That's not even the case everywhere outside of the US. British forces are considered to be the best in the world at military police actions, precisely because of the lessons learned in Northern Ireland. They are most definitely trained to defuse a situation before shooting, when the opportunity presents itself. Canadian soldiers are most likely to find themselves on UN Peacekeeping duties and train in much the same way. I suspect it's also the case in many of the smaller European countries that play an active role in UN operations.
Getting there - Samsung had better watch out
So they're where Samsung was a few years ago - fantastic hardware, meh software. The software side has been a long, slow battle for Samsung, so it's going to be interesting to see how Huawei gets on.
A few comments on the company's efforts, as I own an Honor 8:
Patches have been... patchy. They've put out what is probably their final Oreo update, but it is more than 2 years after the phone's release. So +1 there. -1 for how long Oreo took in the first place (I think it was August it was released), but that's been common from most manufacturers for phones that launched on Marshmallow. I can see their beta channel, and they've consistently produced monthly patch updates. But as to who they're releasing these to, it's a total mystery. You'll get an OTA update every 4-5 months.
The hardware is fairly bulletproof. The H8 is a double-glass phone and I've dropped mine repeatedly (partly because the back surface is some sort of zero-friction prototype) and banged it up but good. No cracks. Performance is much the same as on Day One. Some of that is specific to my H8, but it does sum up Huawei hardware in general.
The software. Step one is to turn off the power-saving option for everything and only re-enable it for apps that you know are a bit thuggish in the background. Step two is to install launcher of your choice. Neither is difficult, and it makes life a lot easier on you. Once you've done that, there are some Huawei quirks (control panel especially, as noted) but it's over all quite usable and if you use the Google Launcher, you'd think it was a fairly stock Android 95% of the time.
As someone's already said, if you want a Kirin 980 for a lot less, just wait for the Honor (Magic 2, I think?) launch. Though the camera will certainly not be quite as nice.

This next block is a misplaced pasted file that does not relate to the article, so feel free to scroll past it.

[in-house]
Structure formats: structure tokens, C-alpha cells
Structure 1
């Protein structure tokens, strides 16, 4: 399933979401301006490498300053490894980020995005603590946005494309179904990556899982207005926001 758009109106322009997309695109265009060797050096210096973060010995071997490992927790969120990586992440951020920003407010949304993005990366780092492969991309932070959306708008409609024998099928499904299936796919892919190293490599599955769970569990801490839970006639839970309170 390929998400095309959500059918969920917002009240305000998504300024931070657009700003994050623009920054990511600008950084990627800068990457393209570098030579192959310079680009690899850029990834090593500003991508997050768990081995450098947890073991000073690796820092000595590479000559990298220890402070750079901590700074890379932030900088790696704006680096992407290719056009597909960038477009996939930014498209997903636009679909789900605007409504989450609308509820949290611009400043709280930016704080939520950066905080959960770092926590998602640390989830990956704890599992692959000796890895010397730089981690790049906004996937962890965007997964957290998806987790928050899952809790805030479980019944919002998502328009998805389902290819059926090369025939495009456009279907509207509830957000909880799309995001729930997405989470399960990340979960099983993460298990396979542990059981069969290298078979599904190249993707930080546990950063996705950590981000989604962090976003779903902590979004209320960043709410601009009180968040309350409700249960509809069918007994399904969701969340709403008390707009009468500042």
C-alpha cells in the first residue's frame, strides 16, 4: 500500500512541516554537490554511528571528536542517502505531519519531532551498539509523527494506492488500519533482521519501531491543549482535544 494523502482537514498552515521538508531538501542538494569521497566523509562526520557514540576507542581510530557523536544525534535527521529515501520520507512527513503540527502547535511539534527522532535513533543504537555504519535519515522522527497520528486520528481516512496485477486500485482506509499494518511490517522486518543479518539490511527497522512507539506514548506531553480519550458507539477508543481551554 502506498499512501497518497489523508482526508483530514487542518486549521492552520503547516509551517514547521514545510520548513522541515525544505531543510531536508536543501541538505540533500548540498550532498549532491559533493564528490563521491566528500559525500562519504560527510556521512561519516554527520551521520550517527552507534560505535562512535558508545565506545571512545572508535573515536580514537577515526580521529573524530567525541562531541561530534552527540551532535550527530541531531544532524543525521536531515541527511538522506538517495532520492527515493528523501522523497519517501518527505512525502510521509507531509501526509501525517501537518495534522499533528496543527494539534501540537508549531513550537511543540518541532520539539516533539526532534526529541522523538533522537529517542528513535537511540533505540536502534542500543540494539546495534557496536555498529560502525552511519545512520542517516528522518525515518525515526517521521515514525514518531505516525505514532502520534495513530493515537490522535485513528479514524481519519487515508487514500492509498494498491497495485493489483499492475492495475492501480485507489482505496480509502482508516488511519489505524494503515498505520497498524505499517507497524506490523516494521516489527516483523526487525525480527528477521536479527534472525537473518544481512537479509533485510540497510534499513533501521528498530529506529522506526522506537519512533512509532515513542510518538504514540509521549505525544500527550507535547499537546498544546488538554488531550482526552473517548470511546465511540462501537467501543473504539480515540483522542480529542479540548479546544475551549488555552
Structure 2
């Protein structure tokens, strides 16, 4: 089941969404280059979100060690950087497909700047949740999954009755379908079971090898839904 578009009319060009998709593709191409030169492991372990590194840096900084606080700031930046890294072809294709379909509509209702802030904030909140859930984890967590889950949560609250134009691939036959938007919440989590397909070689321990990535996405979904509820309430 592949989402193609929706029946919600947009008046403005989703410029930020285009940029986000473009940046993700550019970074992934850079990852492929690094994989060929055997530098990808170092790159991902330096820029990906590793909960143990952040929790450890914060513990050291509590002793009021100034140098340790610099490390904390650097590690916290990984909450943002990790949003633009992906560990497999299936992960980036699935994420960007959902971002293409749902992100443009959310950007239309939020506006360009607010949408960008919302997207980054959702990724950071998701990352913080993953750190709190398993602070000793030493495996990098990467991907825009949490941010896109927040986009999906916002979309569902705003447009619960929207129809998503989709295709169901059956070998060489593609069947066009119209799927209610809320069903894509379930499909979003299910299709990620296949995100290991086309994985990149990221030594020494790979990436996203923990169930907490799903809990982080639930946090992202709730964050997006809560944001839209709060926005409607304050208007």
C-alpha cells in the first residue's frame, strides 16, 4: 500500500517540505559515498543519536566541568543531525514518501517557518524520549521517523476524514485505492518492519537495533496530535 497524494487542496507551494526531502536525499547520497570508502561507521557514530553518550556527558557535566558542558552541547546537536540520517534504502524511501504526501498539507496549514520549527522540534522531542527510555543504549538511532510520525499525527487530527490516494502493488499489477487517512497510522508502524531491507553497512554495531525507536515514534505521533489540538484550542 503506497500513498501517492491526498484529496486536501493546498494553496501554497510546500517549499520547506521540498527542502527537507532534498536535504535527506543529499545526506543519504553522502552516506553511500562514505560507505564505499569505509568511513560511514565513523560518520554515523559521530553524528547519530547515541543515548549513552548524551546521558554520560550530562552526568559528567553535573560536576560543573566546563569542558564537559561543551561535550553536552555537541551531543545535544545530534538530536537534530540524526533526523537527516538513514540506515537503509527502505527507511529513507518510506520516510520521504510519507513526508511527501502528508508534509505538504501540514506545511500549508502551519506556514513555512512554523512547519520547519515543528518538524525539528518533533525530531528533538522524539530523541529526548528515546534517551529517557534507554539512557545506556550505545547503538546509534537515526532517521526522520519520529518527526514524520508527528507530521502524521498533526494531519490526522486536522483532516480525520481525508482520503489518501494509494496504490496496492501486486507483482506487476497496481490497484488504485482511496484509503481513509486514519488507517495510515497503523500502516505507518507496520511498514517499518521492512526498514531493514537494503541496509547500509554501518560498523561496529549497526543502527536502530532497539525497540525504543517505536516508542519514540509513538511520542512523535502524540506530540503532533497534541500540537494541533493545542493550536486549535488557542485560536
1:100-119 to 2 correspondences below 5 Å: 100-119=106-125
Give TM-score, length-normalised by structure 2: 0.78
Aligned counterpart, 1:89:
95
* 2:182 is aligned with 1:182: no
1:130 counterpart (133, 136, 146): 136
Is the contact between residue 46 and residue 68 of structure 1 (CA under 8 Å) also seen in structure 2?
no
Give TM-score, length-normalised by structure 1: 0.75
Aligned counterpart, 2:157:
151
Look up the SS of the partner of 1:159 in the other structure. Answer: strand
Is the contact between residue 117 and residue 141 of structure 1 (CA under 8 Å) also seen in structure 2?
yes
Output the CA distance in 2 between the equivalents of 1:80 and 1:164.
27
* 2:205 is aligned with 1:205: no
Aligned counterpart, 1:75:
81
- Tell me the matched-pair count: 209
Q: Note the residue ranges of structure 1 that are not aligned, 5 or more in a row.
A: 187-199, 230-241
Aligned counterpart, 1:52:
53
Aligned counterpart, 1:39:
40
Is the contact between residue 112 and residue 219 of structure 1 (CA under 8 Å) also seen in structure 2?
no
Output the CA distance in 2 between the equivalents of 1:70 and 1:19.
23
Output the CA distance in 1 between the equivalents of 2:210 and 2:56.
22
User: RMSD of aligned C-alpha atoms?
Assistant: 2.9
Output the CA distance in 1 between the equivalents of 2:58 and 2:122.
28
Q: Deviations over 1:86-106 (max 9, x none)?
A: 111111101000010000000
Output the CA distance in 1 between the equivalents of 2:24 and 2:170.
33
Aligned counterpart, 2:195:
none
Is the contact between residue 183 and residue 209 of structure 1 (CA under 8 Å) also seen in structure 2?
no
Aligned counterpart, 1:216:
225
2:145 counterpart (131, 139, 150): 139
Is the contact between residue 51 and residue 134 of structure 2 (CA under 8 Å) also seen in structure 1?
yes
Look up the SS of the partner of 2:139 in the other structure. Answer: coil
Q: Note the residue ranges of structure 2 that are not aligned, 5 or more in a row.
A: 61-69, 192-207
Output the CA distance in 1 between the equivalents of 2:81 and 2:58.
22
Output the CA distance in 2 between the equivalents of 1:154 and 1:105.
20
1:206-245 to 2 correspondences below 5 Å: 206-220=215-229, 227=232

If you have inner peace, it's probably 'cos your broadband works: Zen Internet least whinged-about Brit ISP – survey
Re: I've had no problem with BT
When I moved to BT in 2010, they were the only option other than (*hack* *spit*) Virgin for a fast service. I could bemoan the price of Infinity 2, but I've had the full 76Mbps from day one, Inf2 is unthrottled, and outages have been quite rare. I've zero doubts that Zen would provide better customer service, but I haven't needed customer service and so I stay where I am.
I think it would be a bit different were I to switch today. The VDSL2 modem is now built into the HomeHub, which would make running my own OpenWRT router slightly more complex. I'm sure it's still doable, but just more annoying to actually have to deal with the HH instead of having it in a box in a locked filing cabinet in the basement where it belongs.
Re: nope. not ever again...
Maybe someone can explain how these companies do their firmware updates to us?
There's an app out there called "Firmware Finder" that supports most Huawei (and Honor, natch) phones. Fire it up, and you can see that every month, like clockwork, there's an internal build with the latest Google security patches. Some lucky users even get to try them! But for the vast majority, these builds are never pushed out over the air. This even applies to my Honor 8, which is now past its second birthday.
So why are these never released? I don't accept that the standard 10-50MB Google security patches are going to break anything. Besides which, for a while FF would allow you to actually *install* these firmware updates, so I know for a fact that they're stable and bug-free. I can understand major version upgrades do take quite some time to sort out, but the security patches shouldn't be withheld like that.